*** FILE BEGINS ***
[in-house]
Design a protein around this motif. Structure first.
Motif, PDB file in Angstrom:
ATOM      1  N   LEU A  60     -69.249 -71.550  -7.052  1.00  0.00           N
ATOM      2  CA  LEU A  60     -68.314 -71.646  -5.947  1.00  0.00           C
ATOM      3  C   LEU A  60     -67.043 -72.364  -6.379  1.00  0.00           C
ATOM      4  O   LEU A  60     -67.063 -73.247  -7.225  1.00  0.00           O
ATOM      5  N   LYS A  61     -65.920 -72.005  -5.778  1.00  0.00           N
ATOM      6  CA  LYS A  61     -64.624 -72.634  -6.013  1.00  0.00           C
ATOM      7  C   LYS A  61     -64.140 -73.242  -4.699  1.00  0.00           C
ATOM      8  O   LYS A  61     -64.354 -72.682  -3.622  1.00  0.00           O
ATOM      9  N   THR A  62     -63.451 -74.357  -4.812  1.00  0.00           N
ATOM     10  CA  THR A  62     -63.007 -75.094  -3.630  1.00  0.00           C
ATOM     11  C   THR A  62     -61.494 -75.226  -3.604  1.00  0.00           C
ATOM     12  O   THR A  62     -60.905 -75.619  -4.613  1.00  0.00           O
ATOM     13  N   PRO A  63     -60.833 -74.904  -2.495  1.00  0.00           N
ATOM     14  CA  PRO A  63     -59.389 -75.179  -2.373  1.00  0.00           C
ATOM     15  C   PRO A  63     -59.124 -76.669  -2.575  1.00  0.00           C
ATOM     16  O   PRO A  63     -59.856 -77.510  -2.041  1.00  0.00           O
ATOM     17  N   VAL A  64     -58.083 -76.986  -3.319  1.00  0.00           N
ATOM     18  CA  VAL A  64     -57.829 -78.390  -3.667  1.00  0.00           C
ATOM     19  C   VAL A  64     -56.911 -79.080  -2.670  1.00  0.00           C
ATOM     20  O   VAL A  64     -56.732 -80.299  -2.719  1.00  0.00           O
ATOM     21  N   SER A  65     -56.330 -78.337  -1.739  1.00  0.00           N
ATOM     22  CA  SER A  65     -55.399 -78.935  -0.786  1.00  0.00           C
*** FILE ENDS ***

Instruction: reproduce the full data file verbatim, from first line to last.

[in-house]
Design a protein around this motif. Structure first.
Motif, PDB file in Angstrom:
ATOM      1  N   LEU A  60     -69.249 -71.550  -7.052  1.00  0.00           N
ATOM      2  CA  LEU A  60     -68.314 -71.646  -5.947  1.00  0.00           C
ATOM      3  C   LEU A  60     -67.043 -72.364  -6.379  1.00  0.00           C
ATOM      4  O   LEU A  60     -67.063 -73.247  -7.225  1.00  0.00           O
ATOM      5  N   LYS A  61     -65.920 -72.005  -5.778  1.00  0.00           N
ATOM      6  CA  LYS A  61     -64.624 -72.634  -6.013  1.00  0.00           C
ATOM      7  C   LYS A  61     -64.140 -73.242  -4.699  1.00  0.00           C
ATOM      8  O   LYS A  61     -64.354 -72.682  -3.622  1.00  0.00           O
ATOM      9  N   THR A  62     -63.451 -74.357  -4.812  1.00  0.00           N
ATOM     10  CA  THR A  62     -63.007 -75.094  -3.630  1.00  0.00           C
ATOM     11  C   THR A  62     -61.494 -75.226  -3.604  1.00  0.00           C
ATOM     12  O   THR A  62     -60.905 -75.619  -4.613  1.00  0.00           O
ATOM     13  N   PRO A  63     -60.833 -74.904  -2.495  1.00  0.00           N
ATOM     14  CA  PRO A  63     -59.389 -75.179  -2.373  1.00  0.00           C
ATOM     15  C   PRO A  63     -59.124 -76.669  -2.575  1.00  0.00           C
ATOM     16  O   PRO A  63     -59.856 -77.510  -2.041  1.00  0.00           O
ATOM     17  N   VAL A  64     -58.083 -76.986  -3.319  1.00  0.00           N
ATOM     18  CA  VAL A  64     -57.829 -78.390  -3.667  1.00  0.00           C
ATOM     19  C   VAL A  64     -56.911 -79.080  -2.670  1.00  0.00           C
ATOM     20  O   VAL A  64     -56.732 -80.299  -2.719  1.00  0.00           O
ATOM     21  N   SER A  65     -56.330 -78.337  -1.739  1.00  0.00           N
ATOM     22  CA  SER A  65     -55.399 -78.935  -0.786  1.00  0.00           C